Toni Morrison’s Use Of Symbolism In Sula
Some stories affect people emotionally, but once in a while, a story can open a new perspective to life for the reader. Sula, a novel written by Toni Morrison is a story of two girls, Nel and Sula, living contrasted lives, who form a friendship connecting them through events they lived out together; following them to womanhood. Throughout the novel, symbolism is unfolded in different characters to create a parallel between good and evil. Repeated symbols, such as Sula’s birthmark, color on clothing and the plague of robins are emphasized to create an understanding of what’s behind the message being carried in the theme.
Being born with a birthmark from the middle of her eyelid to her eyebrow, Sula throughout her life was always criticized for it. “Sula was a heavy brown with large quiet eyes, one of which featured a birthmark that spread from the middle of the lid toward the eyebrow, shaped something like a stemmed rose” (Morrison 52). Depending on the person and how they correlated their feelings towards Sula, they viewed the birthmark differently. For example, when Sula committed adultery with her best friend’s husband, people saw her as the Devil; labeling her birthmark as the Devil’s Mark and darkening whenever evil came to play. “When the community learns that she has slept with Jude and put out Eva, they read the mark as a sign of evil” (Lister 246). In other words, the community was displaying their hate towards her and shaped her birthmark for who she was as a person; representing the wickedness in her. Furman expressed “Nel does not discover it until after Sula’s death and she is old, the real loss in her life is that of Sula and not Jude”, which ties to the message of friendship being carried as a theme. However, observing it from another point of view, Nel, her best friend, and Shadrack, a World War I soldier, saw the birthmark as a beautiful thing. Nel saw it as a rose on a stem, which “gave her glance a suggestion of startled pleasure”. While Shadrack “sees a tadpole over her eye: a sign of friendship and the mark of the fish he loves”. This stating Sula’s birthmark symbolizes how other characters viewed her and had their share of opinions about her, but despite those comments, Nel chose the power of friendship.
In the chapters of Sula, descriptions of multiple vivid colors are applied to events and characters that embody the story being told, unfolding the message of family. Stated by Lister, “The color red signifies death: shortly before she dies, Hannah has a dream in which she wears a red wedding dress.” This implying that Hannah wearing the red dress was a foreshadow of what was to come, which was in this case, Sula watching her mother burn to death. “Rochelle, Helene’s prostitute mother, wears a canary yellow dress. Sula wears a purple and white belt…”. This displaying that bright colors signify individuality, and their place in society. For example, yellow is effective for attacking attention and known for caution, hence Rochelle’s profession. Sula forever questioned her mother’s love for her, portraying a painful and tragic life of the dysfunctional family. This leading to a change in Sula’s personality. Power, independence, goodness, and purity, what she’s identified as throughout the book; representing the colors purple and white.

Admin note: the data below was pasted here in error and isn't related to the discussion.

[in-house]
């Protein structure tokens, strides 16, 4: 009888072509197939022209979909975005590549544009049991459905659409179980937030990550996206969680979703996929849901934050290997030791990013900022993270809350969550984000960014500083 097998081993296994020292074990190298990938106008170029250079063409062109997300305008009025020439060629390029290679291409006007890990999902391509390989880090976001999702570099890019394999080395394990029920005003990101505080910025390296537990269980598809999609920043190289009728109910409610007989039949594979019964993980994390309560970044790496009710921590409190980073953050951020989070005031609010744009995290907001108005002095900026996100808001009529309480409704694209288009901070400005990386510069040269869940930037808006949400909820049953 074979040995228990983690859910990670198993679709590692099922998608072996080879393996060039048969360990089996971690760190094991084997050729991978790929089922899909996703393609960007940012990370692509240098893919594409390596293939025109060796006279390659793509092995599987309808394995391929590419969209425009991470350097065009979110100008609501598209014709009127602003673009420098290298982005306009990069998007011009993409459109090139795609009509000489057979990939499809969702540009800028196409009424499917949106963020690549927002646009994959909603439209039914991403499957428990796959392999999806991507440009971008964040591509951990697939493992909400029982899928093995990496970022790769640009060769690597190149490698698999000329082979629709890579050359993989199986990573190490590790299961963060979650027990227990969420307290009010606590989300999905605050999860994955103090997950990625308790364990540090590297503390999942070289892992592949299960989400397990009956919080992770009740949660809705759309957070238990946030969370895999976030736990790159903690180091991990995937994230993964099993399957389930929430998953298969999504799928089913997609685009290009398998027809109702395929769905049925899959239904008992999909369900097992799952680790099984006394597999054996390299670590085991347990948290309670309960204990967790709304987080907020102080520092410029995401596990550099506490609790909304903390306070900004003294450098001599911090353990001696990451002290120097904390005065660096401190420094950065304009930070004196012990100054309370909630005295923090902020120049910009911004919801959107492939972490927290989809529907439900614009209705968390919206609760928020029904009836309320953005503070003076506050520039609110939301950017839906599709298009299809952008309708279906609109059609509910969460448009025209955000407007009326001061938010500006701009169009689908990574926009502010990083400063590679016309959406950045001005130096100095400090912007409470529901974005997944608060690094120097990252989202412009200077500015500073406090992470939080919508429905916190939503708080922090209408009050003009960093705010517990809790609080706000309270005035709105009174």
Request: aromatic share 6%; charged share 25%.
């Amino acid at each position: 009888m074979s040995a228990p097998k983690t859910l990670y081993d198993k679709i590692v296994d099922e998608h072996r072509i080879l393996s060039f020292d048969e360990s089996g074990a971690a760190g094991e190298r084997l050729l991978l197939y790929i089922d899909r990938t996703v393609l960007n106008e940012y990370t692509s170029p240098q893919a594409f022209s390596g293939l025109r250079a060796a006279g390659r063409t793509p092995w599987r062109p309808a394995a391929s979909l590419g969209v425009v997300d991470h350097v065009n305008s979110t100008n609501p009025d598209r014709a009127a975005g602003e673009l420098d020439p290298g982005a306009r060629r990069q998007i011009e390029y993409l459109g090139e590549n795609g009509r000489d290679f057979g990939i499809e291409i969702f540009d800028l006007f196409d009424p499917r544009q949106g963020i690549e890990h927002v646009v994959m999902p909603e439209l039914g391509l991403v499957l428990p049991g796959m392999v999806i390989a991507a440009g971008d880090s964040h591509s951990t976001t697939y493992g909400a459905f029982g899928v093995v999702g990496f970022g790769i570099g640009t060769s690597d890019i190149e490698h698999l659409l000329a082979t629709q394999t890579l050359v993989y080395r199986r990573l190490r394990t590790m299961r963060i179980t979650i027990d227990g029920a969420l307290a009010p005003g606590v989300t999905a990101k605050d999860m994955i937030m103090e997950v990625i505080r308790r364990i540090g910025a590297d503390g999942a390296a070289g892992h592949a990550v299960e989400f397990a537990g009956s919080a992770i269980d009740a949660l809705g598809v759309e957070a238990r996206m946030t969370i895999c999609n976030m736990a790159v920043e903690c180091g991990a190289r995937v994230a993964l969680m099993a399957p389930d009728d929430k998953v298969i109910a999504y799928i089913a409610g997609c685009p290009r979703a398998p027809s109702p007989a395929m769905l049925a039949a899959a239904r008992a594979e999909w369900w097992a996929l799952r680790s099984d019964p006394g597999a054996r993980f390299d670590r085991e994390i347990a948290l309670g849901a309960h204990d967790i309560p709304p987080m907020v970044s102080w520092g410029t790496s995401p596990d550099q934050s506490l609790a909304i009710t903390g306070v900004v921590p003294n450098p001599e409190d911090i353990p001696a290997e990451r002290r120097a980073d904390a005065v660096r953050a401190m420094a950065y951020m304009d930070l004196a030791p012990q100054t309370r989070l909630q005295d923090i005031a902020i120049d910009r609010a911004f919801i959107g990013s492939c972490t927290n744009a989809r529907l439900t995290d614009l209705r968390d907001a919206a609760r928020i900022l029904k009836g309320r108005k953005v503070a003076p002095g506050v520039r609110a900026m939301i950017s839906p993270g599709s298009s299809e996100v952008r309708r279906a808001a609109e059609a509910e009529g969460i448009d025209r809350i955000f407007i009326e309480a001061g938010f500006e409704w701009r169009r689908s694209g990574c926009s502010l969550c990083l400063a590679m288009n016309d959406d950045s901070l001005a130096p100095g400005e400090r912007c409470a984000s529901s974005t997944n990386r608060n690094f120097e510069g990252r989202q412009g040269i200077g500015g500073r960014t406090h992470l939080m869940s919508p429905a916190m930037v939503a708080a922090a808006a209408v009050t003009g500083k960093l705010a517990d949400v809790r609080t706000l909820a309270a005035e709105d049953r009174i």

Birds are usually associated with happiness and rebirth but in “Sula”, they’re detailed as omens within the “Bottom”. An arrival of robins normally brings a welcome sign of spring; however, to the city of Medallion, known as the “Bottom”, a plague of them carries a theme of suffering. “… A plague of robins accompanies Sula on her return and an October frost follows her death. Spring arrives in January and unexpected gales of wind bring no rain or lightning”. In other words, Sula and the birds were not greeted into the town’s friendly arms. Everything that shaped Sula into the adolescent she is, the plague of robins brought annoyance and remembrance of pasted years that weren’t filled with happiness. Reminding the community of how glad they were when these pests left last time and the reputation she left behind. Representing herself into the robins, Sula left heartache and sadness wherever she went. Making it “hard to hang up clothes, pull weeds or just sit on the front porch when robins were flying and dying all around you”. Creating an image of the suffering and shared pain Sula and the robins were witnessing, and how uncaring the community felt towards them.
Put into the shoes of a resident in a black community where racism was a part of everyday life, the readers see life through their eyes and how they were affected. Using symbols to create a connection to themes in the novel, Toni Morrison uses Sula’s birthmark, color on clothing and the plague of Robins to propose there’s more behind the memo. With Sula’s birthmark being viewed differently depending on the person, Color representing individuality, and the plague of Robins being used as a representation of emotion rather than beauty.
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